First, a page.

Excessive classification has the attention of the nation’s archivist and some in Congress, who are fighting to curb the trend.
From the Spring 2006 issue of The News Media & The Law, page 7.
By Corinna Zarek
The shroud of secrecy under which government sometimes operates may be slowly lifting on some fronts. Consider a recent audit of classified documents at the National Archives, reports acknowledging the lack of agency standards for “sensitive but unclassified” (SBU) designations, and legislation to wipe out such pseudo-classifications.
All were discussed at the March hearing of a House subcommittee whose chairman, Rep. Christopher Shays (R-Conn.), called reclassification efforts at the Archives an “absurd effort to put the toothpaste back into the tube” and pseudo-classifications — SBU, “for official use only” (FOUO) and “official use only” (OUO) — “spurious” labels.
“Increasingly, in this security-conscious era, SBU designations are being misused as an unregulated form of ‘classification-lite,'” said Shays, chairman of the House Subcommittee on National Security, Emerging Threats and International Relations. “To right the balance between the public’s right to know and countervailing public interests in security and privacy, the habits of secrecy must give way to the culture of shared information.”
The National Archives, the official repository of records from all three branches of government, prides itself on being “in the access business, not the classification business,” according to Archivist Allen Weinstein. But in December, when researchers pointed out previously available documents disappearing from the shelves, purportedly because they were improperly declassified, Weinstein ordered a closer look.
The 60-day endeavor conducted by the Archives’ Information Security Oversight Office to discover what had been withdrawn, when and under whose authority, showed that some 25,315 records had been removed by different agencies since 1995 under 10 unrelated efforts. And while 64 percent of those documents were properly reclassified as secret, about 36 percent were “clearly inappropriate for continued classification,” according to ISOO’s report. Current standards for classification were set forth in 1995 in Executive Order 12958.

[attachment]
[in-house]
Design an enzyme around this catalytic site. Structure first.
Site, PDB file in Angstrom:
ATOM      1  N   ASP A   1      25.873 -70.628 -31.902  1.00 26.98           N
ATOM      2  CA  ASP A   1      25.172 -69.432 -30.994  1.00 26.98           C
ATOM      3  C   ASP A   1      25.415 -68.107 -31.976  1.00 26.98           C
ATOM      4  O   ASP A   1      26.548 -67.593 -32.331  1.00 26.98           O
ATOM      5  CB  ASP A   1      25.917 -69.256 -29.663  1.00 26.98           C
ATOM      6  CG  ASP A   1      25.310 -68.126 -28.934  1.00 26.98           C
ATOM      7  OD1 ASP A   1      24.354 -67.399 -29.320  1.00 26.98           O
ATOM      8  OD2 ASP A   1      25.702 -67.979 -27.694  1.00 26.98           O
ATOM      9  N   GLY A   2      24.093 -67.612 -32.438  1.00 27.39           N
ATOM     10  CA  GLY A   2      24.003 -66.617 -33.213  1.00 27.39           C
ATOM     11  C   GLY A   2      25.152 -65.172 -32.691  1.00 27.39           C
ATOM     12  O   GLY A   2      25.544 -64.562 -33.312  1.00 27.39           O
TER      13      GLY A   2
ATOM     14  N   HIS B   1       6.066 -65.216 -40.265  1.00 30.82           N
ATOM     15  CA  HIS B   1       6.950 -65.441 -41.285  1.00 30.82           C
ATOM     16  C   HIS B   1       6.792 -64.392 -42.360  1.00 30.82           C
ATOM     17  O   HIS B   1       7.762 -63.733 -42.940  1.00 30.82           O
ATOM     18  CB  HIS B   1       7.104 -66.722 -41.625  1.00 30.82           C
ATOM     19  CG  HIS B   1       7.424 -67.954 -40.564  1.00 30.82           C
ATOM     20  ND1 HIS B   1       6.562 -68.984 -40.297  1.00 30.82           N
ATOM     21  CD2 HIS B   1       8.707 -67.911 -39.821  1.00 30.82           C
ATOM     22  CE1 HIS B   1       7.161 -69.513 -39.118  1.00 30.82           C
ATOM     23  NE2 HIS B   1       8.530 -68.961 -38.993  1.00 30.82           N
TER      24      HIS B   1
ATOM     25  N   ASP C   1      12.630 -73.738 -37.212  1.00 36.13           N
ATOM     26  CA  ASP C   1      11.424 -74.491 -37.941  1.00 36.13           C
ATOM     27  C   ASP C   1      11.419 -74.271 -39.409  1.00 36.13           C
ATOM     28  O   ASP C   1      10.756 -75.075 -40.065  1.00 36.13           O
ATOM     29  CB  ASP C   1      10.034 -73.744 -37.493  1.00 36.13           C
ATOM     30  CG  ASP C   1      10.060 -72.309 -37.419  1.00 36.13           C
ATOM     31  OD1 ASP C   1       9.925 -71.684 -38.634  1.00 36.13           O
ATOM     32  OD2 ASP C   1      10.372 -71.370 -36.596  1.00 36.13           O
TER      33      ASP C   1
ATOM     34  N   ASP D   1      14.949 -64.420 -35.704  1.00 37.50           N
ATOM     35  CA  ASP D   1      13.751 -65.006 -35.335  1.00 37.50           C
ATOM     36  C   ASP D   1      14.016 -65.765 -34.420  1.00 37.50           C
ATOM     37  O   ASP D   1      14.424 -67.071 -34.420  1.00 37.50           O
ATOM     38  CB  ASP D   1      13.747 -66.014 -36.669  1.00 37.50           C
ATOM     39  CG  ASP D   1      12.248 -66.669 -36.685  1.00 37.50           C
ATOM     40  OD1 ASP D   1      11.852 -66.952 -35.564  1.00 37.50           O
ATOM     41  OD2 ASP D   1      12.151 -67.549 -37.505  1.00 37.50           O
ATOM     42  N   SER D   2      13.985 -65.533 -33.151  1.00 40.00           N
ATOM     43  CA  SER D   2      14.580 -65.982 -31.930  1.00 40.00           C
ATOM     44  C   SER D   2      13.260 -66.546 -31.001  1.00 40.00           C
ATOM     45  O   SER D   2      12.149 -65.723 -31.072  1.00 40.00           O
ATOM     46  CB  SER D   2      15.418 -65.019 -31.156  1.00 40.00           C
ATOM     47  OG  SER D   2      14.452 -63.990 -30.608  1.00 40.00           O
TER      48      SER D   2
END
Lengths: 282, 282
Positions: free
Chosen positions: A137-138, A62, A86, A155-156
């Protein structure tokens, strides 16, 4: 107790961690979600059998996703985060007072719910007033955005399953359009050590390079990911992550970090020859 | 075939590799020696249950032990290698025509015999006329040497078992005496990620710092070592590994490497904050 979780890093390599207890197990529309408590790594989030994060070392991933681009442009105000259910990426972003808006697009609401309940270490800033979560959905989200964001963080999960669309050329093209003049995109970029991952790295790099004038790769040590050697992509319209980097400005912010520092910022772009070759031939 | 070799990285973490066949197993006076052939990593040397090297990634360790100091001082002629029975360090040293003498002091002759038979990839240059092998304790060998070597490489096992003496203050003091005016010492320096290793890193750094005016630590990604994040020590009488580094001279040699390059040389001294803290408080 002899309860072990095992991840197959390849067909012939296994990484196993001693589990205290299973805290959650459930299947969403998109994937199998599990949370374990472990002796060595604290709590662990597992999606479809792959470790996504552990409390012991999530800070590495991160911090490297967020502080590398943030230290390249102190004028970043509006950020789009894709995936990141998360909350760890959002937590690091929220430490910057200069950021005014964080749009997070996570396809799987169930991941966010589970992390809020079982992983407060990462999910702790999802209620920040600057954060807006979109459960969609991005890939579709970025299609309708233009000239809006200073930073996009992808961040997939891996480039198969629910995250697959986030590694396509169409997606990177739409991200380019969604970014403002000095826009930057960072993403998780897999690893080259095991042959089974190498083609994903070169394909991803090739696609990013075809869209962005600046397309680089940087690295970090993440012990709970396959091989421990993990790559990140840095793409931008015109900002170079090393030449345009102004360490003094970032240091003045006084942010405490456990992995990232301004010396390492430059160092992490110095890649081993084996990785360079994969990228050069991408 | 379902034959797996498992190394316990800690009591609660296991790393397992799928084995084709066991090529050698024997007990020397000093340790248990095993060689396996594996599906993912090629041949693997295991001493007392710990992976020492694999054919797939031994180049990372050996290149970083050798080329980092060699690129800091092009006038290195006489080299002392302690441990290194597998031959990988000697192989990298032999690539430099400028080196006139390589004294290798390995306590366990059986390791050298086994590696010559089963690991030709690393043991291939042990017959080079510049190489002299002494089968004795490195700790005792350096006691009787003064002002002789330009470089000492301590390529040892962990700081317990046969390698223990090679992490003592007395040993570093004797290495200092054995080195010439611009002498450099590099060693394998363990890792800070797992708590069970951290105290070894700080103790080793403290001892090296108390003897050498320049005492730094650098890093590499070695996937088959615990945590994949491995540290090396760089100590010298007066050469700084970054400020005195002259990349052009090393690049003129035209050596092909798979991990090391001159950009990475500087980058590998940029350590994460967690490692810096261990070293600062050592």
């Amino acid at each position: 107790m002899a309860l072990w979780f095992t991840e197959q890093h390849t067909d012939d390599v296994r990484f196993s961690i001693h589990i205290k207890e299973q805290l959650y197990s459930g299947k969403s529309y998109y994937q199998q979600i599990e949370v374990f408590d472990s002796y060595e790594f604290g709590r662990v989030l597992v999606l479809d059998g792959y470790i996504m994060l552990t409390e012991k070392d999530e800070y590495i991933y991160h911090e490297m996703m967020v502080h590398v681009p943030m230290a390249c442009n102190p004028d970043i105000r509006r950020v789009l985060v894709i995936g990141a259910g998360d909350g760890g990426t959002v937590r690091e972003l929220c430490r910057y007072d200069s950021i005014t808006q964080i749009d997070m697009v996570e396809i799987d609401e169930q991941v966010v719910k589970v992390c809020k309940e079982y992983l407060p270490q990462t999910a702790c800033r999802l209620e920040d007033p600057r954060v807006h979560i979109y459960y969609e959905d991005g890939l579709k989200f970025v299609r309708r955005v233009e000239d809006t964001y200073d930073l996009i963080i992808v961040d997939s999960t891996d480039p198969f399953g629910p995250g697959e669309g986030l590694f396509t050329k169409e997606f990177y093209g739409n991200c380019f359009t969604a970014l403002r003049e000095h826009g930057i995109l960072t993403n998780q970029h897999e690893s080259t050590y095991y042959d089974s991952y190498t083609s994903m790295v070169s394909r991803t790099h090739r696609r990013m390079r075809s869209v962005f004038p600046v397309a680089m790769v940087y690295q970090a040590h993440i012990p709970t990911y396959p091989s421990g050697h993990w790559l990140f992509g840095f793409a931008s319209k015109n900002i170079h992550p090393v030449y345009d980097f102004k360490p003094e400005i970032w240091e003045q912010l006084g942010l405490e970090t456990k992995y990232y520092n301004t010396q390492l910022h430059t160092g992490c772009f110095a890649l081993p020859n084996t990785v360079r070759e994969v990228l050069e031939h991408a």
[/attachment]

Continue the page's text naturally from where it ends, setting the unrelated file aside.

“Classification is a critical tool to protect our nation from harm, but it must be used properly,” ISOO director J. William Leonard said at a press conference. “For years, we’ve been confounded by the nemesis of overclassification and it’s time we stop talking about it and do something about it. To be effective, we must use it with precision.”
Included in the 64 percent properly reclassified as secret were documents created as unclassified or that only had a secret name in the “cc” line on a letter, Leonard said. The ISOO report also noted many instances where withdrawal of a record — especially an older record — actually drew undue attention to it, increasing the potential damage its release could cause national security. These records, ISOO concluded, were instances where even though the record met the standard for continued classification, “insufficient judgment was applied to the decision to withdraw the record from public access.”
Any document whose contents had been publicly disseminated was automatically deemed properly declassified, Leonard said. Both he and Weinstein added that people with copies of reclassified documents will not be sought out and are “absolutely not” at risk if they should ever publish information from them. “When the American people come to the National Archives, they shouldn’t have to worry about the government figuring out who looked at what,” Weinstein said.
In the future, agencies that wish to re-evaluate declassified records must act according to new guidelines that will inform the public when records are being re-reviewed, will limit agencies’ re-review period to 180 days and will give the Archives final approval on whether a document may be removed. ISOO will offer training and also require agencies to provide periodic reports on their re-review efforts.
“We shouldn’t be waiting until records are 50 years old to audit them and determine if they were properly classified,” Leonard said. “Re-review efforts should be rare and infrequent because it’s going against the stream.”